Author(s): van der Heijde D, Pangan AL, Schiff MH, Braun J, Borofsky M,
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Abstract OBJECTIVE: To evaluate the long-term safety and efficacy of adalimumab in patients with ankylosing spondylitis (AS) and total spinal ankylosis (TSA). DESIGN: Patients (n = 315) with active AS were randomised in a 2:1 ratio to receive adalimumab 40 mg every other week or placebo for 24 weeks followed by open-label adalimumab for up to 5 years. Two-year efficacy and safety data for 11 patients with investigator-defined TSA were evaluated. The primary end point was the ASsessment in AS International Working Group criteria for 20\% improvement (ASAS20) at Week 12. On or after Week 12, ASAS20 non-responders could switch to open-label adalimumab. Other efficacy measurements included ASAS40, ASAS 5/6, ASAS partial remission, and 50\% improvement in the Bath AS Disease Activity Index (BASDAI 50). RESULTS: 6 of 11 TSA patients were randomised to adalimumab and 5 to placebo. At Week 12, 50\% of the adalimumab-treated patients achieved an ASAS20 response and 33\% achieved an ASAS40, ASAS 5/6 and BASDAI 50. No placebo-treated patients achieved any response criteria at Week 12. 4 placebo- and 2 adalimumab-treated patients switched to open-label adalimumab before Week 24. After 1 year of adalimumab treatment, 8 of 11 patients achieved an ASAS20 response. After 2 years, 6 of the remaining 8 patients with TSA reported an ASAS20 response. There were no serious adverse events or adverse event-related study discontinuations. CONCLUSION: In patients with TSA, adalimumab treatment resulted in rapid and clinically significant improvement in the signs and symptoms of active disease. Adalimumab effectiveness and safety were sustained for at least 2 years. TRIAL REGISTRATION NUMBER: NCT00085644.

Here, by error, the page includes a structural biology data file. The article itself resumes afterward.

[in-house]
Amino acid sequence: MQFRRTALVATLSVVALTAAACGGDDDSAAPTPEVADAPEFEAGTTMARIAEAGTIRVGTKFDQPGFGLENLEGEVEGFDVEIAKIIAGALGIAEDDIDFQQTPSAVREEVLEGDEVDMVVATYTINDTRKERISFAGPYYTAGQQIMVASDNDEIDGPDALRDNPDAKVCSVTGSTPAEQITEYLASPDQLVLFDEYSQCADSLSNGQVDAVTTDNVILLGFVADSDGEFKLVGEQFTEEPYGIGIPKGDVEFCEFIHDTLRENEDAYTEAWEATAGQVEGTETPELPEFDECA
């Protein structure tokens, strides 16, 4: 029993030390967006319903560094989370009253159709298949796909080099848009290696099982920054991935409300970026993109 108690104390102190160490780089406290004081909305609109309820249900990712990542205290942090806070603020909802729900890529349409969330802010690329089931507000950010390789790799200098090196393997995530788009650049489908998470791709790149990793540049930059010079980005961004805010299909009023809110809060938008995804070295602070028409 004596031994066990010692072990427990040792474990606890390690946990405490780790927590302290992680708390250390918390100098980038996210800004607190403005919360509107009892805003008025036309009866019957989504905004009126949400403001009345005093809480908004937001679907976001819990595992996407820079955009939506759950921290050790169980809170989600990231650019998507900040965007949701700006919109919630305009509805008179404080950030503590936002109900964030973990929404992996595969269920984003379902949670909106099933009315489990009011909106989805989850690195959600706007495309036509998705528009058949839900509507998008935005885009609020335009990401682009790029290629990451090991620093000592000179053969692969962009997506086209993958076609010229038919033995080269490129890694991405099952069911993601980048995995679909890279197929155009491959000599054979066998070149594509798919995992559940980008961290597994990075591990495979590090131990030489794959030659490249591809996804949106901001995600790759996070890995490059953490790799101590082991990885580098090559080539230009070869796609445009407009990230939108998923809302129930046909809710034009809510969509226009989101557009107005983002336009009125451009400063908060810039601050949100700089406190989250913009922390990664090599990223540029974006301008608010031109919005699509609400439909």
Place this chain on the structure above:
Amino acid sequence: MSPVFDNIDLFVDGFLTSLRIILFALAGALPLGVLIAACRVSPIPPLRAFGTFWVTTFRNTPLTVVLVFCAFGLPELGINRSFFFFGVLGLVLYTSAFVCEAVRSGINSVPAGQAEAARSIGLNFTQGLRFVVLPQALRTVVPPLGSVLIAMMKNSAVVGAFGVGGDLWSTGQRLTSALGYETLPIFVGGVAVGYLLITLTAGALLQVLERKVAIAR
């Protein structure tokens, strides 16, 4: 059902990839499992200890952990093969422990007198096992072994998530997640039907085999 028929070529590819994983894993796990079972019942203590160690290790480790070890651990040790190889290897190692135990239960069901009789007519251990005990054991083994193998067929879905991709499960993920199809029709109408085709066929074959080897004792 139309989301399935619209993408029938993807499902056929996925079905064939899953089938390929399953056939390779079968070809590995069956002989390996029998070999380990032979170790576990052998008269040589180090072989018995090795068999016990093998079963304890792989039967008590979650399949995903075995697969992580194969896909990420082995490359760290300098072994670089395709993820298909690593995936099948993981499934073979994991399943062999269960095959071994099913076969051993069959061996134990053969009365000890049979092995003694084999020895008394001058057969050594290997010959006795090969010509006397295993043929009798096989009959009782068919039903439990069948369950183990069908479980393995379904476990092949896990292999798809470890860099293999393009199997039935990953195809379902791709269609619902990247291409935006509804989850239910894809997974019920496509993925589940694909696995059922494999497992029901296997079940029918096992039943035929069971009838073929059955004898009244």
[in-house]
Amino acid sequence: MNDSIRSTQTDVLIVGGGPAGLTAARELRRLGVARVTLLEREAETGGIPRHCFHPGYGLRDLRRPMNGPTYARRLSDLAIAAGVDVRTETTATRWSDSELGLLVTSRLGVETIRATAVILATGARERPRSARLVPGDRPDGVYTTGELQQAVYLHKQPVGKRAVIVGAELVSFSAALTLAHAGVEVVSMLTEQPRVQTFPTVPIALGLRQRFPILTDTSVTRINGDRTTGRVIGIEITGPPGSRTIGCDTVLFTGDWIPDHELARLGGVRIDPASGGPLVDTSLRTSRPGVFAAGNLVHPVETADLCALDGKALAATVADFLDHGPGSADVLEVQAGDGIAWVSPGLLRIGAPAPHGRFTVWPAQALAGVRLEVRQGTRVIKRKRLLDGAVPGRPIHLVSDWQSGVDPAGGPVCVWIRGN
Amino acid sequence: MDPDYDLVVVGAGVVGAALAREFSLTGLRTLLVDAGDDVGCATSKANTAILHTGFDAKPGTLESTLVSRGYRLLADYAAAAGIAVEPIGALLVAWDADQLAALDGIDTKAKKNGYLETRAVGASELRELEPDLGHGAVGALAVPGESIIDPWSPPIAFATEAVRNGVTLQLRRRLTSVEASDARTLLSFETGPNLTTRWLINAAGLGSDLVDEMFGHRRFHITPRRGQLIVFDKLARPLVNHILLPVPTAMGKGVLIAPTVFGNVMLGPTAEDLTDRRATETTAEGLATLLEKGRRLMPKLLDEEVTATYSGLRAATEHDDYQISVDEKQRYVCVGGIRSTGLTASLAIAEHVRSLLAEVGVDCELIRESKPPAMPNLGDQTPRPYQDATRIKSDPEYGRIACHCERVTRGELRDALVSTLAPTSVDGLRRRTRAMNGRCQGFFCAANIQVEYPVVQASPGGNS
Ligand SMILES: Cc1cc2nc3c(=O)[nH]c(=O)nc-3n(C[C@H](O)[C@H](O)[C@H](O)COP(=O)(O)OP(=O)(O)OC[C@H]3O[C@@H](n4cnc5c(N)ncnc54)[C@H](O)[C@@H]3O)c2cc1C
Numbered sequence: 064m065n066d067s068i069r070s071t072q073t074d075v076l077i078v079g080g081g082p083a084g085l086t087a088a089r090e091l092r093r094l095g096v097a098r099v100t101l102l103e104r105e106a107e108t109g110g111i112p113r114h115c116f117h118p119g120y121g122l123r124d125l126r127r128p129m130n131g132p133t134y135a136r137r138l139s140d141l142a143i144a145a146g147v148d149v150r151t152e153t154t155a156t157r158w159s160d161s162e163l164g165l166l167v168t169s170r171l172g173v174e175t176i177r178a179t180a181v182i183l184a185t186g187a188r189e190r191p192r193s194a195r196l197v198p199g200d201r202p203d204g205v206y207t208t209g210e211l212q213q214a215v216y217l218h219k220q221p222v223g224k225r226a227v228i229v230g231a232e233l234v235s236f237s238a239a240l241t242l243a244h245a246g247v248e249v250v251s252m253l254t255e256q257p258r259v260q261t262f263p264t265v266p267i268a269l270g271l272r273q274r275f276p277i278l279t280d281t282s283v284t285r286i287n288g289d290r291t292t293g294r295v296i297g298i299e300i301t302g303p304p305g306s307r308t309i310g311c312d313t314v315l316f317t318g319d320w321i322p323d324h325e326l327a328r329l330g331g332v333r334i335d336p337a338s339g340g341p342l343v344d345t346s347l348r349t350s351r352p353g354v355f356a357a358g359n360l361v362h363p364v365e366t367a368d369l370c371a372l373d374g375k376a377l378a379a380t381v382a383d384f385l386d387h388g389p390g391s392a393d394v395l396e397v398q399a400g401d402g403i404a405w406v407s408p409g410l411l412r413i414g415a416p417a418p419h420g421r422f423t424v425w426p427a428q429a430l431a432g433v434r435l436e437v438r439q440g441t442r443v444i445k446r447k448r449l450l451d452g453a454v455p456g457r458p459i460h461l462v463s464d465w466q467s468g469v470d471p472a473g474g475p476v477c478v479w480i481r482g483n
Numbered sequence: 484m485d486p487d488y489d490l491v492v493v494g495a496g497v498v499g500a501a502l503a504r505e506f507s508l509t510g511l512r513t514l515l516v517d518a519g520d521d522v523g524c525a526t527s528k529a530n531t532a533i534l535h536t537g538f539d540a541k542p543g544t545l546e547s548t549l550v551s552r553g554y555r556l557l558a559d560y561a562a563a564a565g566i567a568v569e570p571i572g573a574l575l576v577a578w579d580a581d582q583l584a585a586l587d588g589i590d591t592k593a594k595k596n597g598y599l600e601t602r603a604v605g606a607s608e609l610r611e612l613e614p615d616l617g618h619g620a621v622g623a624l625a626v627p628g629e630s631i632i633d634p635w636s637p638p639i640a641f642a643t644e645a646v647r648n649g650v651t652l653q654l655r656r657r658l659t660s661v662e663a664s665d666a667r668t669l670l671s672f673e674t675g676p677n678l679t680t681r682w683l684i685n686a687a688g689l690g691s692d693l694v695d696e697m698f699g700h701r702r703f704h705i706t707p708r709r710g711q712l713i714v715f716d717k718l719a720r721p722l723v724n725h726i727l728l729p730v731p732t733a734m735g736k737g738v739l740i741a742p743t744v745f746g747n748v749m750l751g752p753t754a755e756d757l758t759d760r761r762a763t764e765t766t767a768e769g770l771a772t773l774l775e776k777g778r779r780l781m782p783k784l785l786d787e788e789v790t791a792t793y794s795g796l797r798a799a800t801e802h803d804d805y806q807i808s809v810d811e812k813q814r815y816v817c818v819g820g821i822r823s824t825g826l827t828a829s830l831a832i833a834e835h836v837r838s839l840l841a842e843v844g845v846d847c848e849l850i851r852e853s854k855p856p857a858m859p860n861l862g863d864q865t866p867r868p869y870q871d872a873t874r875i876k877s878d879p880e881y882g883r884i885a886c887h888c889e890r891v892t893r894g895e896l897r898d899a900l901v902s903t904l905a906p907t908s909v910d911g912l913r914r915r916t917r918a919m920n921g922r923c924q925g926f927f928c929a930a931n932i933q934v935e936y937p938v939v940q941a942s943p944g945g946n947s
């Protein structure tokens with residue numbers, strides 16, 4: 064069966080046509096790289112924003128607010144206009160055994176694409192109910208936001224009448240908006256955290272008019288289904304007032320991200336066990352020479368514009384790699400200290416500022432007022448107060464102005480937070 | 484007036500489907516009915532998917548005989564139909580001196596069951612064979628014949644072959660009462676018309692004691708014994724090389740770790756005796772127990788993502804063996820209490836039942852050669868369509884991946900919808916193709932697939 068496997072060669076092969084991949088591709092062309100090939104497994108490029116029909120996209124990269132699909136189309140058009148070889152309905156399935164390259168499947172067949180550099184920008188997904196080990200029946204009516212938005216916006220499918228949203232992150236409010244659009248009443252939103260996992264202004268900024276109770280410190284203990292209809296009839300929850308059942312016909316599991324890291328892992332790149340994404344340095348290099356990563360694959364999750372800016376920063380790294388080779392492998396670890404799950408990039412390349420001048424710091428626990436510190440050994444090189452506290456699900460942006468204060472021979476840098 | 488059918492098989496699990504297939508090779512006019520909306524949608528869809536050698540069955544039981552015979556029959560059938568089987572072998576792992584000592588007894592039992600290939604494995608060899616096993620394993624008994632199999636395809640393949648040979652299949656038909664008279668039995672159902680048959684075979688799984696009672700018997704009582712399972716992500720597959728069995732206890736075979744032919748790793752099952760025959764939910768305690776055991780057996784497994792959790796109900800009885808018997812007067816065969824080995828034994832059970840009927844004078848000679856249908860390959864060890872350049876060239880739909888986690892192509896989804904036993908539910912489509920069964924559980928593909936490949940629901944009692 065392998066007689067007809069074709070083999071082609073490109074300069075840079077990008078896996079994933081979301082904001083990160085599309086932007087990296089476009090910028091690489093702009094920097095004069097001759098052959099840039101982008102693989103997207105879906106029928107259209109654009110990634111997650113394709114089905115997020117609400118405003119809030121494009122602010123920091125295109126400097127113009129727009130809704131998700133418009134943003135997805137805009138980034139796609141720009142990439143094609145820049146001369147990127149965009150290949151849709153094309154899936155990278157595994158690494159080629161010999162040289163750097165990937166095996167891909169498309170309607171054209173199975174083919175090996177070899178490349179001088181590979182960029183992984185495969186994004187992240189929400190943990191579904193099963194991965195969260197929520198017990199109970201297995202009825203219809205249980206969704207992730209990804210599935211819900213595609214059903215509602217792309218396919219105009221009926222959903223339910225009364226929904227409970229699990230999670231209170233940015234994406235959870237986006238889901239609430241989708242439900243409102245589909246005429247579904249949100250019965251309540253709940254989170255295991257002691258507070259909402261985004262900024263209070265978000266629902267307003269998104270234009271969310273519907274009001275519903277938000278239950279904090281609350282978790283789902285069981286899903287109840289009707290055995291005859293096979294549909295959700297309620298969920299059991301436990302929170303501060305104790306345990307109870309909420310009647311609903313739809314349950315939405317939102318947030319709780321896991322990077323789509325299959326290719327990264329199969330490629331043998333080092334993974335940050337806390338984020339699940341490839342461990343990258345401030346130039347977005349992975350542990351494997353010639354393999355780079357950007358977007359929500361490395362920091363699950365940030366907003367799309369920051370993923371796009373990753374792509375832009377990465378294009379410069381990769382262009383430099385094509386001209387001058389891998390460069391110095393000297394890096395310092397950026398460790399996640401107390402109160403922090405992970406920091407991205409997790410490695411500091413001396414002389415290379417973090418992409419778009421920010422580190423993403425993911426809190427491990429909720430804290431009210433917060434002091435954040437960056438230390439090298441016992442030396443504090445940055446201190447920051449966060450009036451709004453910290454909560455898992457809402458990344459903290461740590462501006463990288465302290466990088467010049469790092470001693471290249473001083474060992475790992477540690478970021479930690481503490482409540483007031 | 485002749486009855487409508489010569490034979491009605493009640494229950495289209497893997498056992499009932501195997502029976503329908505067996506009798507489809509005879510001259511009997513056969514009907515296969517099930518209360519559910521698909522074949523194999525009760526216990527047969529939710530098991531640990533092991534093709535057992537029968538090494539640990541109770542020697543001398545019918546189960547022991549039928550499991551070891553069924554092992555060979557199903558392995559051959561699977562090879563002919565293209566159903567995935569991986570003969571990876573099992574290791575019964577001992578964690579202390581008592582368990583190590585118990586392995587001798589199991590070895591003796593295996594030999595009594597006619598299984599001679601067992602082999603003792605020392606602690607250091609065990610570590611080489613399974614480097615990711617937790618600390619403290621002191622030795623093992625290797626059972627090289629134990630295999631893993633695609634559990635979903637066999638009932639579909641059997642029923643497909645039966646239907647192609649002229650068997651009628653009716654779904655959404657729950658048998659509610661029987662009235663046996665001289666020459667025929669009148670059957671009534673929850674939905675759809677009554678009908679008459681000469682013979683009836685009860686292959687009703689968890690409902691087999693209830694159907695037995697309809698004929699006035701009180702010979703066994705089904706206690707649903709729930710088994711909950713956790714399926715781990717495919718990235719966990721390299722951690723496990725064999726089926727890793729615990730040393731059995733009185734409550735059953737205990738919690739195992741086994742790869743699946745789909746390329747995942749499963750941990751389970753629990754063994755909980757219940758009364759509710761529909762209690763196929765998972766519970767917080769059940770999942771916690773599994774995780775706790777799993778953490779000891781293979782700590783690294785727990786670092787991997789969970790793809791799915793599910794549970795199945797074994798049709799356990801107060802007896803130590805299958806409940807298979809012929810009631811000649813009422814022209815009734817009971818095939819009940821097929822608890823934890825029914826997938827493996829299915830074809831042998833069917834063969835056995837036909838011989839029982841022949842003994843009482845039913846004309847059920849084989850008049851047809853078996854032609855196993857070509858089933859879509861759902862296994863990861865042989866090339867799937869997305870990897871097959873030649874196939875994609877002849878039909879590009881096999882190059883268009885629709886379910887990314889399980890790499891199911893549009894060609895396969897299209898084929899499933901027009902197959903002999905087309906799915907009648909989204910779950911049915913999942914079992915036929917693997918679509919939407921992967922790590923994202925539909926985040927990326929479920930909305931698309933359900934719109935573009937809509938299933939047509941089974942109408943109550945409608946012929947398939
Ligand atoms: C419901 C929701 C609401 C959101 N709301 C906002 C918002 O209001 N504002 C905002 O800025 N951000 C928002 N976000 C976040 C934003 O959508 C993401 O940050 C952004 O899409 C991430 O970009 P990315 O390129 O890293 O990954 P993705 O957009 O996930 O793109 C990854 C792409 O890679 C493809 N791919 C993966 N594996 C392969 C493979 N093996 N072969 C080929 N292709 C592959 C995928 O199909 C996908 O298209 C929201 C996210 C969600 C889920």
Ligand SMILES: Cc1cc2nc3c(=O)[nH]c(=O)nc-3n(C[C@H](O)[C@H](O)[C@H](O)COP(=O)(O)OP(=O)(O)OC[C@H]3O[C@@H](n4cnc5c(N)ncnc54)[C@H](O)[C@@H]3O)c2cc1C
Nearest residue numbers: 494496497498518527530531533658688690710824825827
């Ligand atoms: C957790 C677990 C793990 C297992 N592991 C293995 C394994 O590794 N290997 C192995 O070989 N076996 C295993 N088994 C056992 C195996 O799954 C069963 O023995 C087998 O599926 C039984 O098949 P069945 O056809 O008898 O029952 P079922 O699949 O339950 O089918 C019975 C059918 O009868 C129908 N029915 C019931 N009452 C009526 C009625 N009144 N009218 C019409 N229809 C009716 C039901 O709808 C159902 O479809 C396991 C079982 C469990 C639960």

This article was published in Ann Rheum Dis
and referenced in Rheumatology: Current Research